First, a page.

Hill Staffers Are Wearing Sneakers Now

Congress has never been a place known for cutting-edge fashion. Instead, a stuffy formality has long been its trademark. As Allbirds and preppy quarter-zips swept into boardrooms and C-suites across the rest of the country, Capitol Hill remained one of the last bastions of traditional American business attire—the global headquarters of wing tips and ill-fitting suits, Tory Burch flats and bland Banana Republic pencil skirts. During sweltering D.C.

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The trials of Kyle Rittenhouse and Ahmaud Arbery’s killers embody a big problem with the justice system

We can start with the fact that there were even trials at all. Only a very small percentage of criminal cases are ever presented to a jury. Most defendants, including the innocent, are pressured to accept a plea bargain. As University of North Carolina law professor Carissa Byrne Hessick documents in her book “Punishment Without Trial,” the pressure comes from all sides. Prosecutors pile on charges to get defendants to plead guilty to at least a few of them. Overworked public defenders don’t have the time to take cases to a jury and can feel pressure to persuade clients to plead.

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The Great Escape

The first thing you should know about Caroline Potts of Murfreesboro, Tennessee, is that she loves her pets. “I have five cats and three dogs,” she told me, proudly. “The only thing I don’t have is birds.”
So when she needed a job, PetSmart seemed like the perfect solution. “My sister worked at PetSmart and I was in there so much,” she said.
She started as a bather, and showed enough promise to be invited to the company’s dog grooming academy, where they teach how to cut hair. “I knew it was what I wanted to do with my life,” Caroline said.

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‘If everybody’s white, there can’t be any racial bias’: The disappearance of Hispanic drivers from traffic records

by Richard A. Webster
ProPublica is a Pulitzer Prize-winning investigative newsroom. Sign up for The Big Story newsletter to receive stories like this one in your inbox.

Series: Unwatched
A Louisiana Law Department That Polices Itself

When sheriff’s deputies in Jefferson Parish, Louisiana, pulled over Octavio Lopez for an expired inspection tag in 2018, they wrote on his traffic ticket that he is white. Lopez, who is from Nicaragua, is Hispanic and speaks only Spanish, said his wife.

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How Puerto Rico became the most vaccinated place in America

Florida shares deep connections with Puerto Rico as home to the territory’s largest diaspora community on the US mainland. But when it comes to Covid-19, the two places have little in common.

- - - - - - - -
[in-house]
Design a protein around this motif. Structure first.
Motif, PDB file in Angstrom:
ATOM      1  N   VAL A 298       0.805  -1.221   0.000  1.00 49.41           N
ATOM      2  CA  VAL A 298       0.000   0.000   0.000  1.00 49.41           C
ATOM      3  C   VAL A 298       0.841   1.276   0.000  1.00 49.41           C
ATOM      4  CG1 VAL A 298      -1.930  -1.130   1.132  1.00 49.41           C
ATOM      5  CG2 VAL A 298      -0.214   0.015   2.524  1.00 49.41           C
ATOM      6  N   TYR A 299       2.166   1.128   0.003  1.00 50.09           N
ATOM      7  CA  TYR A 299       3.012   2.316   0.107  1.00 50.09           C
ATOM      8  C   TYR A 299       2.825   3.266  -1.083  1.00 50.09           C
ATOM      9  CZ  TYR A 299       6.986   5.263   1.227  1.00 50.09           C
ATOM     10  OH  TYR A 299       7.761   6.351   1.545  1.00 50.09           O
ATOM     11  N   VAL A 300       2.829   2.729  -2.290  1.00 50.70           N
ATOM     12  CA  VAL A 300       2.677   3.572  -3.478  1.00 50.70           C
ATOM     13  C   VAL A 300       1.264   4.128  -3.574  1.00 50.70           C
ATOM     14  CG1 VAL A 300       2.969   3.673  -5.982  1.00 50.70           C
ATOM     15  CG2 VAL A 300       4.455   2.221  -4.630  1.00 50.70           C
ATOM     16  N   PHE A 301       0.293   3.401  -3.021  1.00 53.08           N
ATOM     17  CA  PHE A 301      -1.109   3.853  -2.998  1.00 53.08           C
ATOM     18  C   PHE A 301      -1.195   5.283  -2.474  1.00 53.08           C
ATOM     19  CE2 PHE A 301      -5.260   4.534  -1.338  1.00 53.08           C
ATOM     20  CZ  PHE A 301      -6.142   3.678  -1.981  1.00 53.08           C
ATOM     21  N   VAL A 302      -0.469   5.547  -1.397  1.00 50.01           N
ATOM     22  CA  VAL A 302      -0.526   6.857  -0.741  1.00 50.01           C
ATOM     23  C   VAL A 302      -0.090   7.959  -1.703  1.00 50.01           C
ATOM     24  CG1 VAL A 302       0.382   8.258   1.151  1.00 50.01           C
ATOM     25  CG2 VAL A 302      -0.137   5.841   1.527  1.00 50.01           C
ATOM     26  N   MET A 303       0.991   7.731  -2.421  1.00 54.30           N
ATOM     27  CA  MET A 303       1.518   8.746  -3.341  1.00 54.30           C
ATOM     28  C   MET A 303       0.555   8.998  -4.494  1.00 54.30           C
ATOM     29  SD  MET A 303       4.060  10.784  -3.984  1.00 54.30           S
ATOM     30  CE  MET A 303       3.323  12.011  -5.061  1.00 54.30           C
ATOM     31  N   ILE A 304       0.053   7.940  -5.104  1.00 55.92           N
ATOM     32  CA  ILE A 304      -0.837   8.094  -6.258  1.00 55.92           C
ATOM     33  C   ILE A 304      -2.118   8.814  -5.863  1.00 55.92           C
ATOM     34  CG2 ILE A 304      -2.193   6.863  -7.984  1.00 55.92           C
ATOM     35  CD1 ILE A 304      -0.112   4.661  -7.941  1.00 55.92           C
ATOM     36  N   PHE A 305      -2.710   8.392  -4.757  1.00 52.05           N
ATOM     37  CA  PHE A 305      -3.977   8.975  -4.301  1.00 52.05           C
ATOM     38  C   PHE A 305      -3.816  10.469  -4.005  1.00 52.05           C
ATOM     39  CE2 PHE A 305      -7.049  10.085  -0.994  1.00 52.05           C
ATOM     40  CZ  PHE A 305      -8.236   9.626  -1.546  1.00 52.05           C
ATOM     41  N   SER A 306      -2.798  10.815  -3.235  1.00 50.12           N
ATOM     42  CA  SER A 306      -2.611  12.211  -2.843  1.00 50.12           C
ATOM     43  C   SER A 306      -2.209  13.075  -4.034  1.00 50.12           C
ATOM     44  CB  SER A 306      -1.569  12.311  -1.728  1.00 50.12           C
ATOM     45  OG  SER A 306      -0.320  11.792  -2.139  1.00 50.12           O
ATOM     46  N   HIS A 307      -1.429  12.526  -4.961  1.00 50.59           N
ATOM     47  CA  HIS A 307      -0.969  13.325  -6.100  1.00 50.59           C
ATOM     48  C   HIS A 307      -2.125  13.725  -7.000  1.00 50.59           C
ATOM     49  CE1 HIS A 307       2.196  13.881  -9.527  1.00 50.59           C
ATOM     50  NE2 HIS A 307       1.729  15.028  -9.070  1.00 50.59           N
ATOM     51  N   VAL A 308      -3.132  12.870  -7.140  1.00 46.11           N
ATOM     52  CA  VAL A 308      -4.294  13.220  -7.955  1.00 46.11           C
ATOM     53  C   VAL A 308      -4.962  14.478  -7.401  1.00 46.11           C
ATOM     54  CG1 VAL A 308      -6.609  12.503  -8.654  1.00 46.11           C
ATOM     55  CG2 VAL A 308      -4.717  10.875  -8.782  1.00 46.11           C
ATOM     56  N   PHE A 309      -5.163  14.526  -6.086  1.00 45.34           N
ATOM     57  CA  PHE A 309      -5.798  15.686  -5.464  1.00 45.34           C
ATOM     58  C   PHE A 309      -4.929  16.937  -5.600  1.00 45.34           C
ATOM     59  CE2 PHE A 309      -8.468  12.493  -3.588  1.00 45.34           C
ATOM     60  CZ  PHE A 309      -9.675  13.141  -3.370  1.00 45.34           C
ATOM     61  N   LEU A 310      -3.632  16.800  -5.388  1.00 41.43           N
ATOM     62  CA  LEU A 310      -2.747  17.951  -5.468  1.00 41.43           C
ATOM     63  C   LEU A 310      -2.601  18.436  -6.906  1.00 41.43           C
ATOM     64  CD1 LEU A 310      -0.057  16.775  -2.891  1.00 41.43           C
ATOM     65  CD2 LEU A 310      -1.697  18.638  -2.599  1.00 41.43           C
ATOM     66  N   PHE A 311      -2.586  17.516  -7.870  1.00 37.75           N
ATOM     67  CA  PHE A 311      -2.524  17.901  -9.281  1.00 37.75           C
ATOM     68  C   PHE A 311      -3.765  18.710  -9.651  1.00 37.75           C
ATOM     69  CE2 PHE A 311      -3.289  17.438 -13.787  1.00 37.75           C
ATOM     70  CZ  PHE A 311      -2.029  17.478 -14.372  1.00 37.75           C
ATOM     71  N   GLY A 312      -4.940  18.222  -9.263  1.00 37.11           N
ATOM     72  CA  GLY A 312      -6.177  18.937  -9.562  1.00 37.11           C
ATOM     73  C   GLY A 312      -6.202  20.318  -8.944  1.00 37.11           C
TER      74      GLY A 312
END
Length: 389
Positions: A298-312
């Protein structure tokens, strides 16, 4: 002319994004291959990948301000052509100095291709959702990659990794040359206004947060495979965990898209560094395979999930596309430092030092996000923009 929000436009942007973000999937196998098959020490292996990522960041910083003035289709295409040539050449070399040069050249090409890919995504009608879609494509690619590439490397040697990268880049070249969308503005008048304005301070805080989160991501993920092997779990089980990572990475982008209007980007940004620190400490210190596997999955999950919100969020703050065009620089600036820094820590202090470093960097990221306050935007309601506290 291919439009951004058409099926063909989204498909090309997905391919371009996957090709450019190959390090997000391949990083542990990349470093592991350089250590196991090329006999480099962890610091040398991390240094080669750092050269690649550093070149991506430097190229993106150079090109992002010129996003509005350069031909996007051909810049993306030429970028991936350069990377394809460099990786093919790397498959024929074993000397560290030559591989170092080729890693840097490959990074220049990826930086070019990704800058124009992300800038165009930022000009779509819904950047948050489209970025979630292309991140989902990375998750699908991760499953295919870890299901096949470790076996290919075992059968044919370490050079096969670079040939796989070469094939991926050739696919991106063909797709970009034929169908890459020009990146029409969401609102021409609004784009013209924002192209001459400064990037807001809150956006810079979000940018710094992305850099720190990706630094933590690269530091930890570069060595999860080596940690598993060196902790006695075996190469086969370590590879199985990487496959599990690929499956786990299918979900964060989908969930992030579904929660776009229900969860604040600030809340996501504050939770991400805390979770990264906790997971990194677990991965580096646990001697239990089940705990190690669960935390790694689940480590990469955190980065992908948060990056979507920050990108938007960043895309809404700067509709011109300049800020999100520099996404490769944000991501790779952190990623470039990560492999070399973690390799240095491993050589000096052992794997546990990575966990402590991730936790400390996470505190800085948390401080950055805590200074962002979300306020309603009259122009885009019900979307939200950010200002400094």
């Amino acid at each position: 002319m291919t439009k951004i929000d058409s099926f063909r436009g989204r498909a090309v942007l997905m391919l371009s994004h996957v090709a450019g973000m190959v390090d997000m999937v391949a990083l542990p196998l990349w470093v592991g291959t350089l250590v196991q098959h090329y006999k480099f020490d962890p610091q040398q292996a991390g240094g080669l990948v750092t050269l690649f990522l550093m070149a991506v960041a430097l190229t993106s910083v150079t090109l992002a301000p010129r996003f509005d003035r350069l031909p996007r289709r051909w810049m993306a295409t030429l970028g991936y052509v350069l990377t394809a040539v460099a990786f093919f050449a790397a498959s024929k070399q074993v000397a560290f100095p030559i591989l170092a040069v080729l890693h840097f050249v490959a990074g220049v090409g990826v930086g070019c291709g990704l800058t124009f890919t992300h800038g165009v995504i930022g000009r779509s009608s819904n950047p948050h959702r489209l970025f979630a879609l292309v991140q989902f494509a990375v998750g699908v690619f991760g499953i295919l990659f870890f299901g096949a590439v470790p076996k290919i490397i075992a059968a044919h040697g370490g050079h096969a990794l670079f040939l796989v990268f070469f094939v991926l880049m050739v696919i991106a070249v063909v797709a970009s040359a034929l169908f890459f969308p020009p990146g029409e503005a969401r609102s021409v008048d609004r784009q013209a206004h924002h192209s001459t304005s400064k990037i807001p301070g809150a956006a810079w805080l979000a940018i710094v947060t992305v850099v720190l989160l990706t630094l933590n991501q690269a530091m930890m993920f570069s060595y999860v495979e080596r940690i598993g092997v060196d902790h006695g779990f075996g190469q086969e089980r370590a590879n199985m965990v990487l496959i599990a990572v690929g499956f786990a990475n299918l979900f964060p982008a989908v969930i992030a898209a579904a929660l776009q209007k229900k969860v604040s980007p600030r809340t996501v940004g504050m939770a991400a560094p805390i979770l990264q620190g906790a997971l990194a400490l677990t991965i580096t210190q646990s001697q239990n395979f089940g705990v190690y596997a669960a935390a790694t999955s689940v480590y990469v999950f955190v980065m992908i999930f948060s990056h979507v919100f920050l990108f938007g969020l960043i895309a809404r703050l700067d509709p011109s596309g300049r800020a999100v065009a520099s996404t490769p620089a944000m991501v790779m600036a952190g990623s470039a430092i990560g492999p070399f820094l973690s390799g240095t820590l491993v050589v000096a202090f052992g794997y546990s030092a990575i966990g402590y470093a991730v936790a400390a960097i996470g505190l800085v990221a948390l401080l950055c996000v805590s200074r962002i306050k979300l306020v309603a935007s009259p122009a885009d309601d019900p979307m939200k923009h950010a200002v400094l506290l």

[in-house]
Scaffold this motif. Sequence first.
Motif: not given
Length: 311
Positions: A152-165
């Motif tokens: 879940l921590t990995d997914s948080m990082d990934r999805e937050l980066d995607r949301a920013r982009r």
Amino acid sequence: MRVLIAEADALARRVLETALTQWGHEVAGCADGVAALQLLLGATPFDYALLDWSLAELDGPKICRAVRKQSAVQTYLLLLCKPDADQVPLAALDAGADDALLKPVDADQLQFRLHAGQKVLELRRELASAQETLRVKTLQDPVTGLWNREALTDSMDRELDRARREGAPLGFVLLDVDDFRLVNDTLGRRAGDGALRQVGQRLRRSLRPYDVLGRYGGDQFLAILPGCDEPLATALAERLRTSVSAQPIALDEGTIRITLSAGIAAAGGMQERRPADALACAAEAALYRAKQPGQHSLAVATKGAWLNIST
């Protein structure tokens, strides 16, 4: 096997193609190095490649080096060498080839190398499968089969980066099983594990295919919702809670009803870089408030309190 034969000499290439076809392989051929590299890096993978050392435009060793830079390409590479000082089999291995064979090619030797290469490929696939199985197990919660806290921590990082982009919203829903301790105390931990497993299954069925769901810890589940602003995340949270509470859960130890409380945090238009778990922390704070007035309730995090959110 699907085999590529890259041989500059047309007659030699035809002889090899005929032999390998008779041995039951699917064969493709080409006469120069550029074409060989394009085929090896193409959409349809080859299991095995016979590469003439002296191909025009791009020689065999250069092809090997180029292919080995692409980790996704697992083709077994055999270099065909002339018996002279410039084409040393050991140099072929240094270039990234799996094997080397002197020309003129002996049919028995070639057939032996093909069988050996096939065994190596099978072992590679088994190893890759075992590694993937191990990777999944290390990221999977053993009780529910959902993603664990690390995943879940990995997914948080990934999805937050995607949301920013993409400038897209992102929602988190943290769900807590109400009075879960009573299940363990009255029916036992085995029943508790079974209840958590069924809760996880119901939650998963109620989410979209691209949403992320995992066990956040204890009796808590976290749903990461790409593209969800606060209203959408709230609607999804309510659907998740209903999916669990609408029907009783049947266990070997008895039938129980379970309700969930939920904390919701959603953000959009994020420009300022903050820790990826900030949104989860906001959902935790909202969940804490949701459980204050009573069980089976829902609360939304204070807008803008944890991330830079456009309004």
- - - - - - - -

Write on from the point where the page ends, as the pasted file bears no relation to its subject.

While Florida, like many states in the South, has seen high infection rates and troubling death counts, Puerto Rico has been something of a coronavirus success story.

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Editorial: California got rid of gerrymandering — don’t cave now

California’s independent commission tasked with drawing political boundaries is in the homestretch of crafting maps that will determine legislative and congressional districts for the next decade. And not everyone is happy about what the commission has proposed so far.
Both Democratic and Republican operatives are grumbling about the current drafts. They create more competitive districts than California has now and put dozens of state lawmakers and members of Congress in the same district as other incumbents.

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Project Censored, Part 2: The New Normal Is More Normalized Censorship

Project Censored’s State of the Free Press 2022, edited by Andy Lee Roth and Mickey Huff, is available for preorder now. Published in collaboration with Random Lengths News, this is the second of two parts. Read the first five stories on the list here. 
6. Canary Mission Blacklists Pro-Palestinian Activists, Chilling Free-Speech Rights
Before the “critical race theory” moral panic fueled a nationwide uprising to censor discussions of race in education, there was an opposite moral panic decrying “cancel culture” stifling certain people—especially in education.

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This is justice of a kind. But don’t forget Ahmaud Arbery’s killers almost got away | Akin Olla

This is justice of a kind. But don’t forget Ahmaud Arbery’s killers almost got away

Akin Olla

The verdict is welcome, but it rings hollow given the underlying systems of white supremacy that have long justified the vigilante actions of Arbery’s attackers

Ahmaud Arbery’s mother, Wanda Cooper-Jones, reacts after the jury verdict was announced. Photograph: Getty Images

Ahmaud Arbery’s mother, Wanda Cooper-Jones, reacts after the jury verdict was announced.

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This Thanksgiving, I'm thankful for democracy and the commonsense of ordinary Americans

NEWYou can now listen to Fox News articles!
Our annual Thanksgiving dinner is a big deal at our house. This year, there are three generations of McFarlands at the table, ranging in age from 80 years to 80 days.
After the feast and before the pies, we always go around the table asking everyone what they’re most thankful for this year.

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